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More Africa NewsPolicy & RegulationTelecoms: Bracing for AfCFTA revolution

November 21, 2019by myles

Nigerian telecoms operators, among other businesses, face fresh challenges as well as opportunities once the Africa Continental Free Trade Area (AfCFTA) agreement is implemented. However, stakeholders said adequate preparations for the challenges would put the businesses at a vantage position to profit from the opportunities. SAMSON AKINTARO reports

In July, President Muhmmadu Buhari signed the Africa Continental Free Trade Area (AfCFTA) agreement, putting an end to months of waiting by stakeholders.

AfCFTA is an initiative of the Africa Union with the main objective of creating a single continental market for goods and services, in addition to facilitating free movement of investment and people across the entire African continent.

Interestingly, the telecommunications business is one area the AfCFTA is expected to impact, by making it easier for Africa’s telecoms operators to enter other markets and compete.

According to the Nigerian Communications Commission (NCC), under this agreement, Nigeria would cease to be known as Africa’s largest telecommunications market as the continent’s market would be viewed as one.

It is against this backdrop that the NCC recently organised a two-day workshop in Lagos, where experts discussed the implications of AfCFTA on telecoms business.

According to participants at the workshop, the implementation of the agreement will be a mix of challenges and opportunities for telcos in Nigeria

Telecoms liberalisation

Similar to the liberalisation that took place in Nigeria in the year 2001, which allowed the likes of MTN and Airtel to play in the Nigerian market dominated by monopolistic NITEL, the AfCFTA prescribes a liberalised Africa telecommunications market, whereby operators from across the continent would have easy access to operate in all the countries.

Speaking at the workshop, the Acting Director-General of Nigerian Office for Trade Negotiations (NOTN), Mr. Liman V. Liman, said the liberalisation presented opportunities for competition in the market, thereby reducing the cost to the consumer.

“It also presents an opportunity for the government to impose universal service obligations to telecommunications service providers to ensure that even poorer areas are provided with telecommunications services. This can be imposed as part of the licensing conditions,” he said.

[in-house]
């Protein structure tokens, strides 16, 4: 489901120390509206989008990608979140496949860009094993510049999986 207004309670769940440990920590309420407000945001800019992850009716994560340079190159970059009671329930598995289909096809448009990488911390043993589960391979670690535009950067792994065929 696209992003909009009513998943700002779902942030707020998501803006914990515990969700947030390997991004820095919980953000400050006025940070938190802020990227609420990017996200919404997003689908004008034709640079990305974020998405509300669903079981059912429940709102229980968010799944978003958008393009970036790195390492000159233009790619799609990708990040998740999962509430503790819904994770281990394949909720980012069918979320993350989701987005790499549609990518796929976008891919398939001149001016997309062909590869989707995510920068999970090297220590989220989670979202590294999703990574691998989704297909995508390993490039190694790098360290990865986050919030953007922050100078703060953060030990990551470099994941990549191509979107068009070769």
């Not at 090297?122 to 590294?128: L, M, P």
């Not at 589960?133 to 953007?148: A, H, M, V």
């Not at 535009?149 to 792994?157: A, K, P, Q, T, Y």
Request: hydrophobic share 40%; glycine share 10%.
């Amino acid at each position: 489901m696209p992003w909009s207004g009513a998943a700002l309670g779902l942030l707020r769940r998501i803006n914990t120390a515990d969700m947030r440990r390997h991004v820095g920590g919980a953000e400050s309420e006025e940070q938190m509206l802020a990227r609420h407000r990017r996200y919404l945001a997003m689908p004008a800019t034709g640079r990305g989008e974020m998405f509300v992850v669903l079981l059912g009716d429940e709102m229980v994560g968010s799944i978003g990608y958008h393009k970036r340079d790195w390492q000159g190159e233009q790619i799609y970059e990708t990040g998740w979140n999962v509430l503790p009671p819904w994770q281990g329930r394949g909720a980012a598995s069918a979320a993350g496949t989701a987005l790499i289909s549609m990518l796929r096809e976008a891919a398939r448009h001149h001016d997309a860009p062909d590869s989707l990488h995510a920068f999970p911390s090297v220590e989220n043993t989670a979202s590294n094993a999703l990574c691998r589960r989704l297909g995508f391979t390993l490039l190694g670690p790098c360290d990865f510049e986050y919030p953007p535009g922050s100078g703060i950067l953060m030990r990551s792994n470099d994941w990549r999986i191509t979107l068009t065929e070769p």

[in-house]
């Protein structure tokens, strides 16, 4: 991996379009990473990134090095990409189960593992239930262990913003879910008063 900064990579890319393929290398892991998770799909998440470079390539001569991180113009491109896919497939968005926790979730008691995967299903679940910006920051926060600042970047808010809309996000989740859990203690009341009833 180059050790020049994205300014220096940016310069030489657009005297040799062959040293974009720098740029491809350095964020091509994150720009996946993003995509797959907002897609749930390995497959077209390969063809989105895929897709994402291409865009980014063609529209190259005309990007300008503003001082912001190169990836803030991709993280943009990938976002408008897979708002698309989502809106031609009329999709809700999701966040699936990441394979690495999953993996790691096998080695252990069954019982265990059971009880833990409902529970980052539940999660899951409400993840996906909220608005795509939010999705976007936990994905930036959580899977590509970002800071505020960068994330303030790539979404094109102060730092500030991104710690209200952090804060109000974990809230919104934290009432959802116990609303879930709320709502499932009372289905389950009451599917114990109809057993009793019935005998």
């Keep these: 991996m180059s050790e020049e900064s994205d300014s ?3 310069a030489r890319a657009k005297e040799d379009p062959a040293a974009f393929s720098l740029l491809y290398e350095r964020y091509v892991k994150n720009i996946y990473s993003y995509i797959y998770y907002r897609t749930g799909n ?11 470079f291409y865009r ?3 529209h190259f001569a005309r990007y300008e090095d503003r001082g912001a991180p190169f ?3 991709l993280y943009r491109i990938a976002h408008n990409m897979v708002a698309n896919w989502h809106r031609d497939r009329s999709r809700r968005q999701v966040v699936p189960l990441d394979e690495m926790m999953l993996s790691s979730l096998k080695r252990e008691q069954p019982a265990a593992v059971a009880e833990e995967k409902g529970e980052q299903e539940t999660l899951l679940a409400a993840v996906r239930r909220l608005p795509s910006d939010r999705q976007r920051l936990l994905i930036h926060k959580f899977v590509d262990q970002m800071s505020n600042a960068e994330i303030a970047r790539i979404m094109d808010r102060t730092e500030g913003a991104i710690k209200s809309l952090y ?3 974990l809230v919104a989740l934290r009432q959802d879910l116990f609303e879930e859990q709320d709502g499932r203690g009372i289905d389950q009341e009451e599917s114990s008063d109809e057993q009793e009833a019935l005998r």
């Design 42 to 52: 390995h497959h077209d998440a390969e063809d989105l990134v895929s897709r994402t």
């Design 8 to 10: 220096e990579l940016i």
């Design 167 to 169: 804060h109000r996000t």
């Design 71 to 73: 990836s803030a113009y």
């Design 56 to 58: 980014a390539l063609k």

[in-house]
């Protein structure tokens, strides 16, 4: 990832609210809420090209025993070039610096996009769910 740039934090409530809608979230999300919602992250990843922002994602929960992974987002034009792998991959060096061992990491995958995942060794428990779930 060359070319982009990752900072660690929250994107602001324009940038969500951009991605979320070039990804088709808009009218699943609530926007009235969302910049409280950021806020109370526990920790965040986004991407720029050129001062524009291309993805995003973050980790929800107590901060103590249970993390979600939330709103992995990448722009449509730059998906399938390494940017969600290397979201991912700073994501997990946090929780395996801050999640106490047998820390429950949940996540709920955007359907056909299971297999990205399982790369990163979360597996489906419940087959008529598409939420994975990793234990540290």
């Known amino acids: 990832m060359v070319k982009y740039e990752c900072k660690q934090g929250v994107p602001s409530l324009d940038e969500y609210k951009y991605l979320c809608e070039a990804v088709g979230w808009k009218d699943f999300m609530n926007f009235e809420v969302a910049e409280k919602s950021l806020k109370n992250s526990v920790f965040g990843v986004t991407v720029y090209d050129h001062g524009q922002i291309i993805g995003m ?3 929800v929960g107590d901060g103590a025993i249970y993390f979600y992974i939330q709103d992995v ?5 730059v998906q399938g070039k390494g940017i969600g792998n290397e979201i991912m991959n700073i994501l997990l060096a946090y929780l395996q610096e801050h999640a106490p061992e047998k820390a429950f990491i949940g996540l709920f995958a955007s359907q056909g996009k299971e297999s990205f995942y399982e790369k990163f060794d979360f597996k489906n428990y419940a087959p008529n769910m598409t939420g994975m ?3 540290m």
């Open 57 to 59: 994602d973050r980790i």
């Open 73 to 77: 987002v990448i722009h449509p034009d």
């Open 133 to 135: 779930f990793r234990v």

The framework

Liman noted that the Assembly of Heads of States of the African Union had resolved that the liberalisation of trade in services in the AfCFTA shall be negotiated in two phases.

According to him, phase one shall involve liberalisation of what is referred to as priority sectors, telecommunications being one of them.

“The negotiations on the liberalisation of telecommunications have not yet begun. It is however expected that the framework of the telecommunications sector in the AfCFTA will include: regulatory disciplines, data transmission, cellular telephone, fixed telephone, mobile satellite, value-added data services, and other services to be determined by the negotiating parties,” he said.

He added that the AfCFTA did not intend to harmonise telecommunications regulation, nor is the intention to usurp the function of the national regulator, but rather, it is to ensure that amongst others, there is a minimum standard of treatment or regulatory principles: competition to avoid abuse of dominance; interconnection to guarantee fairness; independence of operators; universal service requirements; transparency provisions; technical standards; licensing criteria and procedures; and qualification criteria and procedures.

“The telecommunications section of the AfCFTA will include what is referred to as a schedule of telecommunications services commitments, which sets out the scope and depth of market opening that is offered (market access), national treatment obligations and any additional commitments to be offered,” Liman said.

Challenges

According to the NOTN DG, the process of liberalisation would significantly affect smaller mobile network operators as they risk being crowded out of the market by big players.